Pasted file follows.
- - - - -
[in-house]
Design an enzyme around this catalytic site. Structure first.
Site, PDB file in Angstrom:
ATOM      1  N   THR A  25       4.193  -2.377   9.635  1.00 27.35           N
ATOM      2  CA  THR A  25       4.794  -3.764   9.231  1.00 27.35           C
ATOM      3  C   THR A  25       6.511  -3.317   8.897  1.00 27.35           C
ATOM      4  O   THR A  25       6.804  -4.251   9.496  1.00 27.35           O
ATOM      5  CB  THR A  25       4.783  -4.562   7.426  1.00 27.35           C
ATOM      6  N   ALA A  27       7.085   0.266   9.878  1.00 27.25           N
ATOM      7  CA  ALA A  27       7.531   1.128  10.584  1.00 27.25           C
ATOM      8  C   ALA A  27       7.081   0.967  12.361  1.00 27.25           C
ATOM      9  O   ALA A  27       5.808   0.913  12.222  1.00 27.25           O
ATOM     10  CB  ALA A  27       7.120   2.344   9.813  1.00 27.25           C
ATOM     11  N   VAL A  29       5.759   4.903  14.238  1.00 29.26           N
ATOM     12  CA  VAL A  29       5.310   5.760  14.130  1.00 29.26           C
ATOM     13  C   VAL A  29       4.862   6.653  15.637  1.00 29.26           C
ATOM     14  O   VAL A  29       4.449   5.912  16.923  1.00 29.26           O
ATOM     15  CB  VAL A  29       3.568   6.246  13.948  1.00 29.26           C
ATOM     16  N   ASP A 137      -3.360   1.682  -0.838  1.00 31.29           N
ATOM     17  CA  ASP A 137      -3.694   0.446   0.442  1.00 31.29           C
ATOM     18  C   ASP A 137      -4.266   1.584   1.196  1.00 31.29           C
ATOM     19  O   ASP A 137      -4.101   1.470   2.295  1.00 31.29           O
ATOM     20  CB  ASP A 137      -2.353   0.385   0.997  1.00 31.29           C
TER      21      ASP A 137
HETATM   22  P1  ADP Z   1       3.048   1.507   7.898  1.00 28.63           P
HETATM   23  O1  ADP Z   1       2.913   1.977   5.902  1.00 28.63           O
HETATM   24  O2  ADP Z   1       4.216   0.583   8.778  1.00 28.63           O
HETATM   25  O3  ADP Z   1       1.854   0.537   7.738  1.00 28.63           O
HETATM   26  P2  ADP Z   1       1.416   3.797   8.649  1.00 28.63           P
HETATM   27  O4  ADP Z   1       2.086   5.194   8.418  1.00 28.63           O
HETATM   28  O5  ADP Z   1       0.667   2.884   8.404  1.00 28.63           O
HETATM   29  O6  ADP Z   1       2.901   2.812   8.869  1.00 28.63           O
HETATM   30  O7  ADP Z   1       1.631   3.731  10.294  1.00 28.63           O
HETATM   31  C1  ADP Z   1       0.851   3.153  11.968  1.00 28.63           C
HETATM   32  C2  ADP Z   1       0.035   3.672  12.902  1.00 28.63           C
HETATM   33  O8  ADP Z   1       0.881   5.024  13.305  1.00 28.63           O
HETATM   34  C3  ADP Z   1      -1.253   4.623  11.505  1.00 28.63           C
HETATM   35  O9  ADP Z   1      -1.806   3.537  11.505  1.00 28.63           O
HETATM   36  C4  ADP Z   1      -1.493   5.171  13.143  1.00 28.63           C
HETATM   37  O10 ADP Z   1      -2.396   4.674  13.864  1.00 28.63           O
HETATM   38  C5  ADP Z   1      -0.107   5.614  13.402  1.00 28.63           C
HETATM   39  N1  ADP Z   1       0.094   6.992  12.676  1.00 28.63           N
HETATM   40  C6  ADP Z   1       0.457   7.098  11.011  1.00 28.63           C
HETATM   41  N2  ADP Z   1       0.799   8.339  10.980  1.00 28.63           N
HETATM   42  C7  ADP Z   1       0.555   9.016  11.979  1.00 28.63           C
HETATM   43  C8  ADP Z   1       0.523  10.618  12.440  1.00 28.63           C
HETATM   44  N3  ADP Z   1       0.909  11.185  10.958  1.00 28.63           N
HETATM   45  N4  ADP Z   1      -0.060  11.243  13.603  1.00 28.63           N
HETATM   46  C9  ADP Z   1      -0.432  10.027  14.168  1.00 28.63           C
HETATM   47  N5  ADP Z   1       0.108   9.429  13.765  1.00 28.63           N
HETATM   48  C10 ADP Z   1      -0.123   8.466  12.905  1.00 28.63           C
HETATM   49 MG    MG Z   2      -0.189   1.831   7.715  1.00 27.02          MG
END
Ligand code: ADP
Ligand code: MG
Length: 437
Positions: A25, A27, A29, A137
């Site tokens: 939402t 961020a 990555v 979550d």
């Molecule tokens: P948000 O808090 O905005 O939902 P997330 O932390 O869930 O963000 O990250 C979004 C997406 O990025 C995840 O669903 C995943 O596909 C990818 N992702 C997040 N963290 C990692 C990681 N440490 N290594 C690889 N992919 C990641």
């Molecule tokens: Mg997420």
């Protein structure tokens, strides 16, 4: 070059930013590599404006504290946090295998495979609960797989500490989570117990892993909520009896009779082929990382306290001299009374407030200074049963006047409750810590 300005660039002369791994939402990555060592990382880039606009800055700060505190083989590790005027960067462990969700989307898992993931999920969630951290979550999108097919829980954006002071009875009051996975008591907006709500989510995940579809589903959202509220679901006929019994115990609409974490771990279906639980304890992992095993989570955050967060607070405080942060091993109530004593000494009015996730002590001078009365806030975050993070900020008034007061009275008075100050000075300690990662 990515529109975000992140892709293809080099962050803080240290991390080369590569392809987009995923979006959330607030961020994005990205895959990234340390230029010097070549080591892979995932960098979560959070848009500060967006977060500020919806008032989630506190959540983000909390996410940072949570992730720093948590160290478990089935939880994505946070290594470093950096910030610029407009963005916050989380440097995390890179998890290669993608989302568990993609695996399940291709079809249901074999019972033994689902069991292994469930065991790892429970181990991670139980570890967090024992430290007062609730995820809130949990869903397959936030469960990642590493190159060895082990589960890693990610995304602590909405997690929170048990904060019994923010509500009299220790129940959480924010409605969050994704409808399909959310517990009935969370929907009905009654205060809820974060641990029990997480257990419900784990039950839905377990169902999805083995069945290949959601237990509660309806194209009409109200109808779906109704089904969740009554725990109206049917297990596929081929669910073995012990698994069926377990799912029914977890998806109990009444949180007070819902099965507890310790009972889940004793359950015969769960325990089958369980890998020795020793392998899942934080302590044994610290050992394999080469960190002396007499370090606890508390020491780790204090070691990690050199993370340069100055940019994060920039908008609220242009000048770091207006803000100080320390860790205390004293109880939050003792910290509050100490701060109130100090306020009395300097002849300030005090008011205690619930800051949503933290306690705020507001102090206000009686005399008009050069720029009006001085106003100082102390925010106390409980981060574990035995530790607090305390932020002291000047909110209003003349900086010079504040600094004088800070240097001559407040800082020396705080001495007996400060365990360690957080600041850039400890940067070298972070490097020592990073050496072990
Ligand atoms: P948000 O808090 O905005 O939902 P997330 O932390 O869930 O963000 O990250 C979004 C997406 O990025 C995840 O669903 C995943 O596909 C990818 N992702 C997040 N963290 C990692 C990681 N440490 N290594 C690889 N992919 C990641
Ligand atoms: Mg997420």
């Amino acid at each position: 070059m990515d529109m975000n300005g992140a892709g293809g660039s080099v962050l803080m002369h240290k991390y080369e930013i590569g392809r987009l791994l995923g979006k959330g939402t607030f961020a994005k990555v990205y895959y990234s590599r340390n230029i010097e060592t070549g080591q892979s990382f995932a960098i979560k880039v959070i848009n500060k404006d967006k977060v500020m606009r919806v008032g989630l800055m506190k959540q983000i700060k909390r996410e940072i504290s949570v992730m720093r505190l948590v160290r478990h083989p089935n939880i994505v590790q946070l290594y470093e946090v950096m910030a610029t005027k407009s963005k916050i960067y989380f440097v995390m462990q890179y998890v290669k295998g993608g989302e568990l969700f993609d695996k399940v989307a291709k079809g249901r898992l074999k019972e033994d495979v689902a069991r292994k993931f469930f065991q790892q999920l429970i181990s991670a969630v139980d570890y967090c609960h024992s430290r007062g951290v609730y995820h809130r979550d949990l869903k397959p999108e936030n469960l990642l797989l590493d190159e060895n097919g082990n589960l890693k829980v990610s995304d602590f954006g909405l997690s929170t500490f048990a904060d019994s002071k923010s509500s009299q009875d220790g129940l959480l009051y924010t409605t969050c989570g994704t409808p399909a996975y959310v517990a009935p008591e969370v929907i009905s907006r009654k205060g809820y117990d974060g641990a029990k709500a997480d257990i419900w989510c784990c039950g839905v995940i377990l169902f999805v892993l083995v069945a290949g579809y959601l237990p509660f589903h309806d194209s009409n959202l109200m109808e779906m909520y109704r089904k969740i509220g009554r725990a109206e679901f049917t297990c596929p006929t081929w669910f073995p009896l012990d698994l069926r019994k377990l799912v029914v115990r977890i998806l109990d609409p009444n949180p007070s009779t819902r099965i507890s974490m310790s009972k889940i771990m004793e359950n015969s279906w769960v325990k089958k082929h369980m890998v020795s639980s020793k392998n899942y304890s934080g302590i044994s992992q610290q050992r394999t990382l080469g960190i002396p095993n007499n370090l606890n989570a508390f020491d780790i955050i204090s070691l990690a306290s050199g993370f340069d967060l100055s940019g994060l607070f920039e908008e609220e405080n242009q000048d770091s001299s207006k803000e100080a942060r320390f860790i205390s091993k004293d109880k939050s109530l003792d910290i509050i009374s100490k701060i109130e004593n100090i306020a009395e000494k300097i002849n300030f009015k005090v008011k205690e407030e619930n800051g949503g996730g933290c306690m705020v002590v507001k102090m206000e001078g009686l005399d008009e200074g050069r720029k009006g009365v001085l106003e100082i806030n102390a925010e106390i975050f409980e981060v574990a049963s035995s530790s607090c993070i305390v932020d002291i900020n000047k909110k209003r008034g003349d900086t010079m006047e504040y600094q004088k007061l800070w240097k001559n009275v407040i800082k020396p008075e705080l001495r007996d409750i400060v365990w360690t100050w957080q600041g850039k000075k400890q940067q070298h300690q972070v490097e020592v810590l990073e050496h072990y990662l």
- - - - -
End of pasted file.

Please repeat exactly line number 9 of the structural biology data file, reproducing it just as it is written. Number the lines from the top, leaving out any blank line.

ATOM      6  N   ALA A  27       7.085   0.266   9.878  1.00 27.25           N